Updated: Oct 19, 2020
Lately, I have been re-imagining my thoughts on the old words of Jesus, “If anyone would come after me, let him deny himself and take up his cross and follow me.” These are startling words, and I am not naturally keen to heed them. There is a countervailing spirit in this world that tells me to do everything opposite of self-denial. Just do what feels good is an idea I’ve had forever, though I can’t remember a single person ever saying it to me.
As a husband and a father, I am re-introduced to these words of Jesus countless times per day. I often say about marriage and parenting that “I love every moment of it.” While true in sum, there are moments that make me tired or frustrate me. Moments that are ripe for those ancient words of Jesus. Sometimes I don’t really want to do the dishes or change the diaper or play the same game again for the hundredth time. I see my wants stacked up against the need of the moment and I somehow manage to pin those wants to the back of the cross, Jesus on the other side, that look of longing in his eye. I suffer these little deaths—these tiny crucifixions—every day.
But how? The answer lies beyond me.
Indeed, I am constantly being sustained by my invisible Master, down to the very molecules that stitch me together, moment by moment. And, at each of these moments, I am given a choice to stay the course or turn myself away to some other love. While I believe in free will, I also understand that it is greatly impaired. It is not enough to merely want something. There is more to it than that. I want God, but I also want a lot of other things that are not God. I am called by Jesus to make a denial that I simply do not have the power to make on my own. It is as if weights have been cast upon me and I have been thrown to sea. I can fight the sinking, but I cannot save myself.
My only recourse is to ask for help and trust that it will come.
And it does come.
At all of my weakest moments I find the incredible power of God working in my favor. It is in these critical moments that I find that I have been doused in his love and set aflame by his mercy—a mercy which comes down upon me like a thunderbolt. This fire animates my zeal for him again, to know and to love him, and to do the daily combat of prayer and faith—and diaper changes and dishes!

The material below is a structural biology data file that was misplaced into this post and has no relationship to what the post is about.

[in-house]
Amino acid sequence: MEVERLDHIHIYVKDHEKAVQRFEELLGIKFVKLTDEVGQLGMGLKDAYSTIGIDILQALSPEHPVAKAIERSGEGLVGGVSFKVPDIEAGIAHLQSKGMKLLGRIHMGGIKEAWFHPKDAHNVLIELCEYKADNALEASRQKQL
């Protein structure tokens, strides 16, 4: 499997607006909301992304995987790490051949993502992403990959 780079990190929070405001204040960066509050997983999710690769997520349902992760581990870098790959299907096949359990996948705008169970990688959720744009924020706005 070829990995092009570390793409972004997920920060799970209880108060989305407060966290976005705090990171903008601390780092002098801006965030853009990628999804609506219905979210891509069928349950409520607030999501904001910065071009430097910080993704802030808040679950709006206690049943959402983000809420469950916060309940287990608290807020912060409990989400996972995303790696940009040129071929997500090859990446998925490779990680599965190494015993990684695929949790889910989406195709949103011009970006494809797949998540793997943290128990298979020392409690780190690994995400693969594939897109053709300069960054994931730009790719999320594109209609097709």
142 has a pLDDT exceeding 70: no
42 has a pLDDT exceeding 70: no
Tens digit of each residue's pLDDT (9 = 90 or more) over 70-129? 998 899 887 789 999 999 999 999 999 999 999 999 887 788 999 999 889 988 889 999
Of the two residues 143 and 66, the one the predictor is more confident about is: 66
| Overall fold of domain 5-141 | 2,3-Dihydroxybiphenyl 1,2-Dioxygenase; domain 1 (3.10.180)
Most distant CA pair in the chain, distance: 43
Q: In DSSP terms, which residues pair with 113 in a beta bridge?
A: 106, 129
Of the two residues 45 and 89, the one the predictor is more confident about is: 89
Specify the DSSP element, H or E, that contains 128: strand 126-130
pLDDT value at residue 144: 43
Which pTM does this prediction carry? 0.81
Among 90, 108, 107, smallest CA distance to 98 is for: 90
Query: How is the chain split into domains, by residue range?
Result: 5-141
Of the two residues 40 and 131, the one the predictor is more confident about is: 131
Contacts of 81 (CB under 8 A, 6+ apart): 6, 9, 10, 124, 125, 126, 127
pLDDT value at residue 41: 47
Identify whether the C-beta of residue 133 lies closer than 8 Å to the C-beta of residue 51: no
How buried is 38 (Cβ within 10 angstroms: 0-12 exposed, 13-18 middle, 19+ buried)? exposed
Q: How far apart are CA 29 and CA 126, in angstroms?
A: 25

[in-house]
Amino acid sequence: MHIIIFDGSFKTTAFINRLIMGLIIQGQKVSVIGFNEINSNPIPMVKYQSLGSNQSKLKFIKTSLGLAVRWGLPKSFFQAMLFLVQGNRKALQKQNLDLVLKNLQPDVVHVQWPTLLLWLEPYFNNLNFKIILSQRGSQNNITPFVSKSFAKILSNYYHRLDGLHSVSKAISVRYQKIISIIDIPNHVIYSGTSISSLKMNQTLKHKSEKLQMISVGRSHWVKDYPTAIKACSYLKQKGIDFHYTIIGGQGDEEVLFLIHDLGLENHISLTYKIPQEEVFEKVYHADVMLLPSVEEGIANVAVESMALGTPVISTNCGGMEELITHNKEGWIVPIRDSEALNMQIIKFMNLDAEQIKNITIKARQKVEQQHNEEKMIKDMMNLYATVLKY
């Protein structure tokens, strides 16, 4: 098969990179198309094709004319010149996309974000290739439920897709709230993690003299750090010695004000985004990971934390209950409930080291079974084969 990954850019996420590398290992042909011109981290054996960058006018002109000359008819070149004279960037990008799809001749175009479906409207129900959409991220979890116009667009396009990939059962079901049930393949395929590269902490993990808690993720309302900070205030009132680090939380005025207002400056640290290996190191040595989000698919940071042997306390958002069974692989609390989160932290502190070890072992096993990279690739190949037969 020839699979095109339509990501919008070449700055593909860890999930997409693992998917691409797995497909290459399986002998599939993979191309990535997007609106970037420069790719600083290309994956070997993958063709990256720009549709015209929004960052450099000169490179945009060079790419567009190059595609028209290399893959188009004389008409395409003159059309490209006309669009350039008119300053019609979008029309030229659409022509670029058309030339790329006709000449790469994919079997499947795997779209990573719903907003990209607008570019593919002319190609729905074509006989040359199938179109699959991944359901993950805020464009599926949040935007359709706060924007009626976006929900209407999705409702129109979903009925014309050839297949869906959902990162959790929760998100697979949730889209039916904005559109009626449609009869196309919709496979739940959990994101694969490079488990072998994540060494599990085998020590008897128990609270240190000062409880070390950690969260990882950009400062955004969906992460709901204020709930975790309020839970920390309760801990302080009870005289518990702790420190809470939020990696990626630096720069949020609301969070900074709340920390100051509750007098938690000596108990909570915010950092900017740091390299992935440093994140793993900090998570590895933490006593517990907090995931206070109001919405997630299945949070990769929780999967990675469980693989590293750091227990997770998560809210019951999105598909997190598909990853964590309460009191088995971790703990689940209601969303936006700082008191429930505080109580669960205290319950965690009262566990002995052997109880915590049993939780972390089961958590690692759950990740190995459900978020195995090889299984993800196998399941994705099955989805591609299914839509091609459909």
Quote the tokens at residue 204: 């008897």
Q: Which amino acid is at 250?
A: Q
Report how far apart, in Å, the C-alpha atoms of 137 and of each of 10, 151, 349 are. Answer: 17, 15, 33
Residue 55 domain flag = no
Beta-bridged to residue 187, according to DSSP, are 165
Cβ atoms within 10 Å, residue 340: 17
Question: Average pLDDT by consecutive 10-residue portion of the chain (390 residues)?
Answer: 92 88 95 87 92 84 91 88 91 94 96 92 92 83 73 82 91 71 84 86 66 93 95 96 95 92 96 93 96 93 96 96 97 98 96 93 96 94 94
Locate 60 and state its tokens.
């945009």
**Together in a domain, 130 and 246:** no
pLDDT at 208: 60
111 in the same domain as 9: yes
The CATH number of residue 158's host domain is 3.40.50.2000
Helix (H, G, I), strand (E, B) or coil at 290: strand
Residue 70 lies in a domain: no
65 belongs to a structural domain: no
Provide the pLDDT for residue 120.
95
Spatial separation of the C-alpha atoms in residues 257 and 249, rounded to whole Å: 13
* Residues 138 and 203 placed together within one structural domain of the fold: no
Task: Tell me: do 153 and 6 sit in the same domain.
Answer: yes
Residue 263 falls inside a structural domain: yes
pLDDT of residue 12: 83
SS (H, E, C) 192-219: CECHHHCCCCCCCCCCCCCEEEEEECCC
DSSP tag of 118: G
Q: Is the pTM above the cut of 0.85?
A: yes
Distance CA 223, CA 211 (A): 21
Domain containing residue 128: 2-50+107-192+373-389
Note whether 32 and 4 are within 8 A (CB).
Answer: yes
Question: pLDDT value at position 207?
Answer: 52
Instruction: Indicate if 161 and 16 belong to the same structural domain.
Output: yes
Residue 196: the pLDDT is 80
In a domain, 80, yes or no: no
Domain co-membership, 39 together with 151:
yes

Though I struggle beneath the weight of my sins, I am propped up like the staff of Moses, but by a neoteric wood. It is the same wood from which our Savior himself once hung. But Jesus did not stay there. Nor shall I. He came down and entered the earth and then he subjected it to himself again when he tore it asunder and took to the sky.
I share in this divine power as a child of God, but it is not my own. What did he mean when he bid his sons and daughters to exercise dominion over the earth? He meant for us to create and cast a heavenward vision like a net over the teeming life before us. But instead we went inward. If only we could hold the wind in our fist! We believed the malicious lie that God was holding out on us. And so we missed out on the better part. But only for a time.
What terror and longing must have been felt by our first parents as they paced through the garden that one last time—on through those flaming swords and into a world twisted and warped by the inglorious vision of (now) mere mortals.
This world we inhabit is lacking so much. This great lack is the same thing that so often seems to bind the will and propel us out and away from the one who formed us and called us into being. We have a lot working against us. It can be overwhelming at times.
But lest I forget it: “He who is in you is greater than he who is in the world.” This is the salient point. I cling to it. I believe it. And when I struggle to believe it, I ask God to help me do it. It is true, and the true things in life are what carry the real power and will to get us on to our final destination.
I like to think, though I have no proof for it at all, that walking into heaven will be like returning to the fiery gates of paradise, the very same ones our first parents left so long ago in their shame. The angels will lift their flaming swords, and they will be smiling at us. We will enter a place almost entirely forgotten, but altogether familiar.
Charlie is a mid-thirties guy who resides in sunny Florida with his small (but growing!) family. Charlie holds a B.A. in Religion and Apologetics and works in the financial services industry by day, writing about recovery, the Catholic Faith and Taming the Wild places in the human heart in his spare time. His writing has been featured in places like the Catholic stand, SpiritualDirection.com, Catholic Exchange and in print at Shalom Tidings. Charlie serves as the Managing Editor for Taming the Wilds and can be reached at firstname.lastname@example.org.